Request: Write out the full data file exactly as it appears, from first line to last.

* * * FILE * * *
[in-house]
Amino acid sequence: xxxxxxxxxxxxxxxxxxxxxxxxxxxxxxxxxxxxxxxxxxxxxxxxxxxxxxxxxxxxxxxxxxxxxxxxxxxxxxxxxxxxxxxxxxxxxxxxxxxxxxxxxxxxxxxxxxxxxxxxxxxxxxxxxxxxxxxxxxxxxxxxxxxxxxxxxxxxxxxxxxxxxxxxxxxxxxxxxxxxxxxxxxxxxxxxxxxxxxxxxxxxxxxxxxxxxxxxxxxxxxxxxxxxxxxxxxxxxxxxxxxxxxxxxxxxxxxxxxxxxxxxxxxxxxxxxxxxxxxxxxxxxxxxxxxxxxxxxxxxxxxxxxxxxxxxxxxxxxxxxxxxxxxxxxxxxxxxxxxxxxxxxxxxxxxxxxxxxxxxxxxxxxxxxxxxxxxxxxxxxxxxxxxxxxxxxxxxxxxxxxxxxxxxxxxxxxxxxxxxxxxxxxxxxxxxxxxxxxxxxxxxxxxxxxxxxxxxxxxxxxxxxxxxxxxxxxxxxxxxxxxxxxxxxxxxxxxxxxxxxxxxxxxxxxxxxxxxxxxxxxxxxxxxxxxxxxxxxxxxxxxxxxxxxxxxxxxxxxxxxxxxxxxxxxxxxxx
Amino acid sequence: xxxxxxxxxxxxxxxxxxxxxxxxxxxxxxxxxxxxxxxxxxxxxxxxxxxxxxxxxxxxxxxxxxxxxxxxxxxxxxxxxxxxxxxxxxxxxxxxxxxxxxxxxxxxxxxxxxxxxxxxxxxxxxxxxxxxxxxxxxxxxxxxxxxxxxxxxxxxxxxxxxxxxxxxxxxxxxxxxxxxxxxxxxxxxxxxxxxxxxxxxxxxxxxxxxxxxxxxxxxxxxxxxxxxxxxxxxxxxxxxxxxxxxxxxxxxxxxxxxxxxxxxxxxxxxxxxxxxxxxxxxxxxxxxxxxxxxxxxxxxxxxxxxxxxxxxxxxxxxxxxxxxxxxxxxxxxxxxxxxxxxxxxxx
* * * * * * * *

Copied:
[in-house]
Amino acid sequence: xxxxxxxxxxxxxxxxxxxxxxxxxxxxxxxxxxxxxxxxxxxxxxxxxxxxxxxxxxxxxxxxxxxxxxxxxxxxxxxxxxxxxxxxxxxxxxxxxxxxxxxxxxxxxxxxxxxxxxxxxxxxxxxxxxxxxxxxxxxxxxxxxxxxxxxxxxxxxxxxxxxxxxxxxxxxxxxxxxxxxxxxxxxxxxxxxxxxxxxxxxxxxxxxxxxxxxxxxxxxxxxxxxxxxxxxxxxxxxxxxxxxxxxxxxxxxxxxxxxxxxxxxxxxxxxxxxxxxxxxxxxxxxxxxxxxxxxxxxxxxxxxxxxxxxxxxxxxxxxxxxxxxxxxxxxxxxxxxxxxxxxxxxxxxxxxxxxxxxxxxxxxxxxxxxxxxxxxxxxxxxxxxxxxxxxxxxxxxxxxxxxxxxxxxxxxxxxxxxxxxxxxxxxxxxxxxxxxxxxxxxxxxxxxxxxxxxxxxxxxxxxxxxxxxxxxxxxxxxxxxxxxxxxxxxxxxxxxxxxxxxxxxxxxxxxxxxxxxxxxxxxxxxxxxxxxxxxxxxxxxxxxxxxxxxxxxxxxxxxxxxxxxxxxxxxxxxx
Amino acid sequence: xxxxxxxxxxxxxxxxxxxxxxxxxxxxxxxxxxxxxxxxxxxxxxxxxxxxxxxxxxxxxxxxxxxxxxxxxxxxxxxxxxxxxxxxxxxxxxxxxxxxxxxxxxxxxxxxxxxxxxxxxxxxxxxxxxxxxxxxxxxxxxxxxxxxxxxxxxxxxxxxxxxxxxxxxxxxxxxxxxxxxxxxxxxxxxxxxxxxxxxxxxxxxxxxxxxxxxxxxxxxxxxxxxxxxxxxxxxxxxxxxxxxxxxxxxxxxxxxxxxxxxxxxxxxxxxxxxxxxxxxxxxxxxxxxxxxxxxxxxxxxxxxxxxxxxxxxxxxxxxxxxxxxxxxxxxxxxxxxxxxxxxxxxx